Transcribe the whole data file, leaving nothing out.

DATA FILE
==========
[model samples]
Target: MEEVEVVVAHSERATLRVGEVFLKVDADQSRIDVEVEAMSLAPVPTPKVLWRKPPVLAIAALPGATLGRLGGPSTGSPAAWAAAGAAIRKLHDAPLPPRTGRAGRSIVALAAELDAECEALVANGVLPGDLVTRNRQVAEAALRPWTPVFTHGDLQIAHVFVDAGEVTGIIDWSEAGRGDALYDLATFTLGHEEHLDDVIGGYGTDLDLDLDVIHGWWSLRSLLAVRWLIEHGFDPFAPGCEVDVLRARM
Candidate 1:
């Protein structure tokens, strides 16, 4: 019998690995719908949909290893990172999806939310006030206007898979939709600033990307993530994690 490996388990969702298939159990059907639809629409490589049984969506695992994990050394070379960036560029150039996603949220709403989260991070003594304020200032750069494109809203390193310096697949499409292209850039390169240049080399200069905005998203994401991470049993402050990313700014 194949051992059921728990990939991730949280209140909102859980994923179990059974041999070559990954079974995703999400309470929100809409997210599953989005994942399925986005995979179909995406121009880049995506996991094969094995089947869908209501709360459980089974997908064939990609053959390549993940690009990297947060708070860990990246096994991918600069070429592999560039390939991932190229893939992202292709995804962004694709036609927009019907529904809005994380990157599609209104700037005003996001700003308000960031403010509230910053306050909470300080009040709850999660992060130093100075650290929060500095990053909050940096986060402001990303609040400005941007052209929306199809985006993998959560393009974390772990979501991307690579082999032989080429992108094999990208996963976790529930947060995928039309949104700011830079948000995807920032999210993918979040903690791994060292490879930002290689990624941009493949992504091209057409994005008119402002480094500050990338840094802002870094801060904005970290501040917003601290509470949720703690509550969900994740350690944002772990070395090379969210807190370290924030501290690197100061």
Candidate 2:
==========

[model samples]
Target: MEEVEVVVAHSERATLRVGEVFLKVDADQSRIDVEVEAMSLAPVPTPKVLWRKPPVLAIAALPGATLGRLGGPSTGSPAAWAAAGAAIRKLHDAPLPPRTGRAGRSIVALAAELDAECEALVANGVLPGDLVTRNRQVAEAALRPWTPVFTHGDLQIAHVFVDAGEVTGIIDWSEAGRGDALYDLATFTLGHEEHLDDVIGGYGTDLDLDLDVIHGWWSLRSLLAVRWLIEHGFDPFAPGCEVDVLRARM
Candidate 1:
């Protein structure tokens, strides 16, 4: 019998690995719908949909290893990172999806939310006030206007898979939709600033990307993530994690 490996388990969702298939159990059907639809629409490589049984969506695992994990050394070379960036560029150039996603949220709403989260991070003594304020200032750069494109809203390193310096697949499409292209850039390169240049080399200069905005998203994401991470049993402050990313700014 194949051992059921728990990939991730949280209140909102859980994923179990059974041999070559990954079974995703999400309470929100809409997210599953989005994942399925986005995979179909995406121009880049995506996991094969094995089947869908209501709360459980089974997908064939990609053959390549993940690009990297947060708070860990990246096994991918600069070429592999560039390939991932190229893939992202292709995804962004694709036609927009019907529904809005994380990157599609209104700037005003996001700003308000960031403010509230910053306050909470300080009040709850999660992060130093100075650290929060500095990053909050940096986060402001990303609040400005941007052209929306199809985006993998959560393009974390772990979501991307690579082999032989080429992108094999990208996963976790529930947060995928039309949104700011830079948000995807920032999210993918979040903690791994060292490879930002290689990624941009493949992504091209057409994005008119402002480094500050990338840094802002870094801060904005970290501040917003601290509470949720703690509550969900994740350690944002772990070395090379969210807190370290924030501290690197100061």
Candidate 2: